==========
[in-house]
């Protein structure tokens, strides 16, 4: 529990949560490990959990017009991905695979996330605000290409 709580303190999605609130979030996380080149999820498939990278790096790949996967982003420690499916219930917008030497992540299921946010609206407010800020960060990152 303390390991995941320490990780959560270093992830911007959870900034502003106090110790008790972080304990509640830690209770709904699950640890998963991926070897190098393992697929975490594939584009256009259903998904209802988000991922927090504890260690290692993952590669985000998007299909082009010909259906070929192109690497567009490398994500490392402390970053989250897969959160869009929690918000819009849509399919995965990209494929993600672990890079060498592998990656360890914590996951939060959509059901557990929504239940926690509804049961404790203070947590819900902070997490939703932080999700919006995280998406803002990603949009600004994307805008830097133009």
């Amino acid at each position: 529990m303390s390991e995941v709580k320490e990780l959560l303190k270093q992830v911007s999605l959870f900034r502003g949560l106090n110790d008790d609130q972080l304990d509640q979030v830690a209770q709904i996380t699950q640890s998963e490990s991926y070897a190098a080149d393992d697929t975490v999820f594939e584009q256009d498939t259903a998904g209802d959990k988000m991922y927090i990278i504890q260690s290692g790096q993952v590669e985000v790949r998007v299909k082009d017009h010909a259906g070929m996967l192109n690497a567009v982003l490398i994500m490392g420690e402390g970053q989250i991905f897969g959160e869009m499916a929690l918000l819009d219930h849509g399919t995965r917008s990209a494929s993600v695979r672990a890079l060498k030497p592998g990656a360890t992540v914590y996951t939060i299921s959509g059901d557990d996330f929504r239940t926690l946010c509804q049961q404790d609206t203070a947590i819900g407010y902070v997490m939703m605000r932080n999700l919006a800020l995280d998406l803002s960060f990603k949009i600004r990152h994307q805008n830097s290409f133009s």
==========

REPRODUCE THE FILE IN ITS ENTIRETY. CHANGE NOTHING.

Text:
[in-house]
């Protein structure tokens, strides 16, 4: 529990949560490990959990017009991905695979996330605000290409 709580303190999605609130979030996380080149999820498939990278790096790949996967982003420690499916219930917008030497992540299921946010609206407010800020960060990152 303390390991995941320490990780959560270093992830911007959870900034502003106090110790008790972080304990509640830690209770709904699950640890998963991926070897190098393992697929975490594939584009256009259903998904209802988000991922927090504890260690290692993952590669985000998007299909082009010909259906070929192109690497567009490398994500490392402390970053989250897969959160869009929690918000819009849509399919995965990209494929993600672990890079060498592998990656360890914590996951939060959509059901557990929504239940926690509804049961404790203070947590819900902070997490939703932080999700919006995280998406803002990603949009600004994307805008830097133009």
């Amino acid at each position: 529990m303390s390991e995941v709580k320490e990780l959560l303190k270093q992830v911007s999605l959870f900034r502003g949560l106090n110790d008790d609130q972080l304990d509640q979030v830690a209770q709904i996380t699950q640890s998963e490990s991926y070897a190098a080149d393992d697929t975490v999820f594939e584009q256009d498939t259903a998904g209802d959990k988000m991922y927090i990278i504890q260690s290692g790096q993952v590669e985000v790949r998007v299909k082009d017009h010909a259906g070929m996967l192109n690497a567009v982003l490398i994500m490392g420690e402390g970053q989250i991905f897969g959160e869009m499916a929690l918000l819009d219930h849509g399919t995965r917008s990209a494929s993600v695979r672990a890079l060498k030497p592998g990656a360890t992540v914590y996951t939060i299921s959509g059901d557990d996330f929504r239940t926690l946010c509804q049961q404790d609206t203070a947590i819900g407010y902070v997490m939703m605000r932080n999700l919006a800020l995280d998406l803002s960060f990603k949009i600004r990152h994307q805008n830097s290409f133009s």